Does Your Chair Affect the Quality of Your Writing?
I’m always amused when I see a picture of a woman seated on a cushy sofa, legs crossed, computer on lap, happily tapping out a novel on the keyboard. It seems idyllic. It’s a good advertising photo to show how you can make money as a writer with effortless comfort.
But after an hour or two, I wonder how comfortable it would be? A cushy sofa and crossed legs sounds like a prescription for a sore back and neck.
We all want to be comfortable when we write, but comfort may differ for people. Most of us need a writing chair that offers good support and a desk or table at the correct height. This offers a wide comfort zone for most people, and it conforms to the findings of scientific ergonomic research.
There are other options. I once knew a pastor who found it more comfortable to stand as he researched and wrote his sermons. He built a counter-top about 3.5 foot tall and about 6 foot wide. His key study books were laid out in the sequence he liked, so he walked down the line consulting them and making notes. At the end of the counter he stood and typed his message. Yes, he had a stool there and sometimes sat on it, but most of the time he was on his feet.
You might think that writing while standing up is odd. It is, of course, but this pastor was not the first to do it. Standing desks were particularly popular in the 18th and 19th centuries but have been used by writers over the years. Benjamin Franklin, Lewis Carroll, Winston Churchill, Vladimir Nabokov, Ernest Hemingway, and Philip Roth all wrote standing up.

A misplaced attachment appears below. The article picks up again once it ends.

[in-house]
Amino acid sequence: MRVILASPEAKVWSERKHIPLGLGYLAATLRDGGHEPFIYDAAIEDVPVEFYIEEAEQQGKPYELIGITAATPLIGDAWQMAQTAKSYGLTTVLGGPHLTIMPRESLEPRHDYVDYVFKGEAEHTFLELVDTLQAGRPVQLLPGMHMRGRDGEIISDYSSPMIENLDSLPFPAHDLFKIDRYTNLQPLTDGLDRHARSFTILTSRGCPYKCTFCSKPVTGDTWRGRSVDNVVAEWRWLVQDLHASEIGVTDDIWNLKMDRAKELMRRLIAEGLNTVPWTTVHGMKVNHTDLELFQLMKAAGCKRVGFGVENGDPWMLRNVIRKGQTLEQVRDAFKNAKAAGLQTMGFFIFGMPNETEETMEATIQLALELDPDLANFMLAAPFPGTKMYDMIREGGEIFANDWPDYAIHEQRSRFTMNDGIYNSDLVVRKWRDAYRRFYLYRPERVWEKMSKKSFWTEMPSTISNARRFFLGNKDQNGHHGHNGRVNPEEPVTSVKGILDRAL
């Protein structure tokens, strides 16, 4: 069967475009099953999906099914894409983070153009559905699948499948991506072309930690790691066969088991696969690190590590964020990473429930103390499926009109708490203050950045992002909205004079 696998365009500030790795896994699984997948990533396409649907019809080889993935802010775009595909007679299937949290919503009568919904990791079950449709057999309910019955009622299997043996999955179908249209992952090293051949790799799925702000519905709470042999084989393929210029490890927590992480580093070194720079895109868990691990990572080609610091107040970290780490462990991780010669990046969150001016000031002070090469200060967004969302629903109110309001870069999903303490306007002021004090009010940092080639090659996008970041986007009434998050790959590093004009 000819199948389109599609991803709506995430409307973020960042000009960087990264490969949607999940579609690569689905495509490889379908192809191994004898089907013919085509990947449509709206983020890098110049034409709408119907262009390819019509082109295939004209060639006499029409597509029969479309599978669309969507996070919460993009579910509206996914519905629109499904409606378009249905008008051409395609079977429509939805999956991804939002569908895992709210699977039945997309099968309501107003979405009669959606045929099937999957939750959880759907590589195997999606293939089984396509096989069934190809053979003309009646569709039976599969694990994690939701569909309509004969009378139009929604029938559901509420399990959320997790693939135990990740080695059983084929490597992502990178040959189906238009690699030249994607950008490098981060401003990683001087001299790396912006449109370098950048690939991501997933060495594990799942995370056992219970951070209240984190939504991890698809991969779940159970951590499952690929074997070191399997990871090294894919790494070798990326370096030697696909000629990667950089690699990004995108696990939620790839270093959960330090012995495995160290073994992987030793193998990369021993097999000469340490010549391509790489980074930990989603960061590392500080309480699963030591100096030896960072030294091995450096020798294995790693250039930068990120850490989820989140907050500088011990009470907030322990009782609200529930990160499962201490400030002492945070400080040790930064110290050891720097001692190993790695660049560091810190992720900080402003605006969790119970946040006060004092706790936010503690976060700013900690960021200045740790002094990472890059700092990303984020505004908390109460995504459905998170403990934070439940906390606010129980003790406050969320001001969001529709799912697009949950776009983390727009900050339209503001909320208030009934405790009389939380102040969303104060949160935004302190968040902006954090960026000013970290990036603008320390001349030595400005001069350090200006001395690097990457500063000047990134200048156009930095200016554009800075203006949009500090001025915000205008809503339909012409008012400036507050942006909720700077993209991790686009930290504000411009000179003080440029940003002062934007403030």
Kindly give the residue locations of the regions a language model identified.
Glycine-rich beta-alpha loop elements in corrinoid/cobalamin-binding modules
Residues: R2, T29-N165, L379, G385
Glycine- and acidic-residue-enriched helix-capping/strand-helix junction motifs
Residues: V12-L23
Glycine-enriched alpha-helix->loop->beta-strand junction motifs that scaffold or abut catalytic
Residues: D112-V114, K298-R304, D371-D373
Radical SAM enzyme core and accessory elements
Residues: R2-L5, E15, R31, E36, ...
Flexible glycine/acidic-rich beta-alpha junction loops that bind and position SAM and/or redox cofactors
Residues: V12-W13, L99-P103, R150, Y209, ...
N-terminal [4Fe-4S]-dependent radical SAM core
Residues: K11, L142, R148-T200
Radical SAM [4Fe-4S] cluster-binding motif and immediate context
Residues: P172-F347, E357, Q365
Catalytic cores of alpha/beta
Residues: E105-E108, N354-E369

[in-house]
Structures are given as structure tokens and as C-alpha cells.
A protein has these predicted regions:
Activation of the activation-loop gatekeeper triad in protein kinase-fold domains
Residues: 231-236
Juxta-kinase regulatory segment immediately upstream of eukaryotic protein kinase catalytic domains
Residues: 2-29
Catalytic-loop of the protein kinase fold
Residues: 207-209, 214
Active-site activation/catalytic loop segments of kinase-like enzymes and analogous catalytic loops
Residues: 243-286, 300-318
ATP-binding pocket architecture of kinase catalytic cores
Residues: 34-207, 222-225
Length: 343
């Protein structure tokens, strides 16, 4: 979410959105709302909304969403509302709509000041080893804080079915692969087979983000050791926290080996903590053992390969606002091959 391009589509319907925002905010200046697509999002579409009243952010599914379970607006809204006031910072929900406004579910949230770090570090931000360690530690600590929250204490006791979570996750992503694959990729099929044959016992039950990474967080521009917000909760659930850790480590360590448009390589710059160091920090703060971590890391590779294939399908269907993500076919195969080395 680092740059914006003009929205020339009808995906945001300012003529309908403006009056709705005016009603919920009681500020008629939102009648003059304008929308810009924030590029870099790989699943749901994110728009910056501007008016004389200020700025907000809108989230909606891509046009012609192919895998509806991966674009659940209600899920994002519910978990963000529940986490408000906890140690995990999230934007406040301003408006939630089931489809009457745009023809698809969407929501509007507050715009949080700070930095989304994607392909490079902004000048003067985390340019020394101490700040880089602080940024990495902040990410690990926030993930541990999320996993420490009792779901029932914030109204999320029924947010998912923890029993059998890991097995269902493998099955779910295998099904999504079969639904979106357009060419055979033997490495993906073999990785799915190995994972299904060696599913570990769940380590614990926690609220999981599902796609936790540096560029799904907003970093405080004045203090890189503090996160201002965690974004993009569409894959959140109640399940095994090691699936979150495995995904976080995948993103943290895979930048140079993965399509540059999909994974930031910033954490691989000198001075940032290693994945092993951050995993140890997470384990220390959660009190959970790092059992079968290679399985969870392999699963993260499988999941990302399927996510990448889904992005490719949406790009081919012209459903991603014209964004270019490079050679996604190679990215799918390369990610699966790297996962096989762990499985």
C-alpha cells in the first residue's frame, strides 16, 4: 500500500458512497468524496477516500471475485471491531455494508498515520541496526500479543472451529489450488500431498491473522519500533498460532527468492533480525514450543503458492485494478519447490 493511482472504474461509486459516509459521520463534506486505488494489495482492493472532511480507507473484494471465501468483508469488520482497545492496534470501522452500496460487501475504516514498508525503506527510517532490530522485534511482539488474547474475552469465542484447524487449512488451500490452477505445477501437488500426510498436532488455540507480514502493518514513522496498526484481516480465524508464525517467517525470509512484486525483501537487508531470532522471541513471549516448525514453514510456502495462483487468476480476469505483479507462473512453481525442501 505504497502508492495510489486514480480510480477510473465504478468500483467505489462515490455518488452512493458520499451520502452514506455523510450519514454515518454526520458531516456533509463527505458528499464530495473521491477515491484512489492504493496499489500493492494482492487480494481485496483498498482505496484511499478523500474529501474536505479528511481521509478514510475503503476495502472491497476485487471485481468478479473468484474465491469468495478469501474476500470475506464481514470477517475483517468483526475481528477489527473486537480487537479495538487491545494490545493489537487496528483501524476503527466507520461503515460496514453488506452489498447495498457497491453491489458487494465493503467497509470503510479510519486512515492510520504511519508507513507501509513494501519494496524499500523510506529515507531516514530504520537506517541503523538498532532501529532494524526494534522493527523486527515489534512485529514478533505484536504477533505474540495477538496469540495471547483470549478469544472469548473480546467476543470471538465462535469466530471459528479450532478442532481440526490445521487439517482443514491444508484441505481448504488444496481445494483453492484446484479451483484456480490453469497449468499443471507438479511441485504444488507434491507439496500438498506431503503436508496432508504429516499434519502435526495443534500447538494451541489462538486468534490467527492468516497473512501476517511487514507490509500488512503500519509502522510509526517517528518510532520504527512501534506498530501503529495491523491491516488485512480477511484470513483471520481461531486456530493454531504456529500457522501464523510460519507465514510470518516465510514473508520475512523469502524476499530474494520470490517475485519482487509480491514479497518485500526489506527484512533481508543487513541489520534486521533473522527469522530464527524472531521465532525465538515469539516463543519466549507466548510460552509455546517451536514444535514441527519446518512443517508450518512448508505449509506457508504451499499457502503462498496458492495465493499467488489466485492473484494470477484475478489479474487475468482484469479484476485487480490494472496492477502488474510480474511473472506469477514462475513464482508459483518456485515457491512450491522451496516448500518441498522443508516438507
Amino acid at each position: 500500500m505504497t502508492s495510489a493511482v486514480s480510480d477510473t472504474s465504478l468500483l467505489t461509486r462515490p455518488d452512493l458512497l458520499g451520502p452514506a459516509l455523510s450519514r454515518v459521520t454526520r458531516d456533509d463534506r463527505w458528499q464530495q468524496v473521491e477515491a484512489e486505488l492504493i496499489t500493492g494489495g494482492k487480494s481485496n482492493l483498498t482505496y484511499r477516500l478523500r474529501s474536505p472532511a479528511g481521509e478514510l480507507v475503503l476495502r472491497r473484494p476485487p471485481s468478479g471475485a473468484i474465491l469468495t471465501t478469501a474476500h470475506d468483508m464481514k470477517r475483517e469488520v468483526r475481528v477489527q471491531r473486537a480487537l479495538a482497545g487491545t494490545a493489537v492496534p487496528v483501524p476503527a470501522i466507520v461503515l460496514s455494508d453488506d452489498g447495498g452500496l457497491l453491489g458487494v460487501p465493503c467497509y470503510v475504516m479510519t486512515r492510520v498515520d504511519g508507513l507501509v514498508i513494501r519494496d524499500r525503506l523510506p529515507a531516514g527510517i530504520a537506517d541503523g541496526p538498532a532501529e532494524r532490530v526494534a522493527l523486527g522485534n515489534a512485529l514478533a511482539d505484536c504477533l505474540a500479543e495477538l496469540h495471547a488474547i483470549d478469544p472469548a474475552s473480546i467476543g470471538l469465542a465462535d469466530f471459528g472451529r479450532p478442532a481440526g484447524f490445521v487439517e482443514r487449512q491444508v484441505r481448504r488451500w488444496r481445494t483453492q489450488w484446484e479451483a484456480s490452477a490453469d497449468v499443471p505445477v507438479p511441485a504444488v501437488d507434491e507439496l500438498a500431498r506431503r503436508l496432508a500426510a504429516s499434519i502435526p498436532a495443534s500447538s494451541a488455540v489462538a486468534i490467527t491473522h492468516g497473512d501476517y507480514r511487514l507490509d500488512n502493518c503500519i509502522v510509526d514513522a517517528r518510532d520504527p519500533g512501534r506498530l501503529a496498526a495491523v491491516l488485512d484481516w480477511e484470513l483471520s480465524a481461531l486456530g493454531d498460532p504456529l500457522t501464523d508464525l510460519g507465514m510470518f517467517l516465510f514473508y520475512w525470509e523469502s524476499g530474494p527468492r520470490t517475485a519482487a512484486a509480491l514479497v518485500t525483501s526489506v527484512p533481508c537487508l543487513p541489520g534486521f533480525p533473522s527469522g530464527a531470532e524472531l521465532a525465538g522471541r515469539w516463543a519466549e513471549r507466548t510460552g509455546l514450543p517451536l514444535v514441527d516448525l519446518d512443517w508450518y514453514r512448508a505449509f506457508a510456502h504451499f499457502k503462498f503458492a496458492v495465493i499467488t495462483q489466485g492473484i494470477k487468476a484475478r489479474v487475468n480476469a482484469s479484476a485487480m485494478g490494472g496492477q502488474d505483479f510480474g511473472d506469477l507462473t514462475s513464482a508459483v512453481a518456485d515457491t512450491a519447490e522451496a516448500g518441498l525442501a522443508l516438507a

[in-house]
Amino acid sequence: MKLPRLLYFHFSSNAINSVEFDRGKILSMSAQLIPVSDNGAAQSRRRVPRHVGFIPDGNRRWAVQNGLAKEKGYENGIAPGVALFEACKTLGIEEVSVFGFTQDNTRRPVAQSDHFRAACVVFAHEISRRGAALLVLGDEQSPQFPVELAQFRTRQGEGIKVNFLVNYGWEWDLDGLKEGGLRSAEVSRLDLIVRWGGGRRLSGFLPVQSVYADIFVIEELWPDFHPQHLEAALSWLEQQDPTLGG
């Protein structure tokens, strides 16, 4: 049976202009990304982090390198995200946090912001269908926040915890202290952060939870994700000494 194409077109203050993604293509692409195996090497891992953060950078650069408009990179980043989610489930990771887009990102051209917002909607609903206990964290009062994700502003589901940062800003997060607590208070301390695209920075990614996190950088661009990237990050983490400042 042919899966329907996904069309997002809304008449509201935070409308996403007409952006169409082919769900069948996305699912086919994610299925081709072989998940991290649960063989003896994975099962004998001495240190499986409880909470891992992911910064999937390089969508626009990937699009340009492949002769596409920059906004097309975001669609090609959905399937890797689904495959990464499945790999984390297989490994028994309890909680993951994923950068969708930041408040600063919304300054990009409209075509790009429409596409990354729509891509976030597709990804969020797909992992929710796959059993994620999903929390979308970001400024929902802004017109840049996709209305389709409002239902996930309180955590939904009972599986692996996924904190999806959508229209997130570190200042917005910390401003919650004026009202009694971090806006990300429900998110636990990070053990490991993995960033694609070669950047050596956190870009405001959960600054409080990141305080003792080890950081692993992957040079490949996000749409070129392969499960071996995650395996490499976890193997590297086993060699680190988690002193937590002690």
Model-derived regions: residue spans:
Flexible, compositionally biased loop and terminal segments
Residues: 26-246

Hemingway worked in a separate building in the yard of his house in Key West, Florida. This picture shows him at work in his writing room there.
John Wesley wrote his journal, sermons and books on horseback as he traveled from place to place to preach. While at home, he used this unusual chair. George Williams, who took this picture in the house Wesley built in the 1760s on City Road in London, said he was unsure of its exact use. It is clear you could sit in it facing the front or back. Based on your orientation, you can use the chair to read, write or pray.
I like the Wesley chair. It might take time to get used to it, but it looks like it could be both utilitarian and comfortable.
Sitting at a desk and staring at a computer screen is the most common way that people write today. It is important that your stance be organically correct to minimize stress on your body. However, there are many postures that may affect your creativity and writing output in a positive way. Take a chance and experiment to discover what works best for you.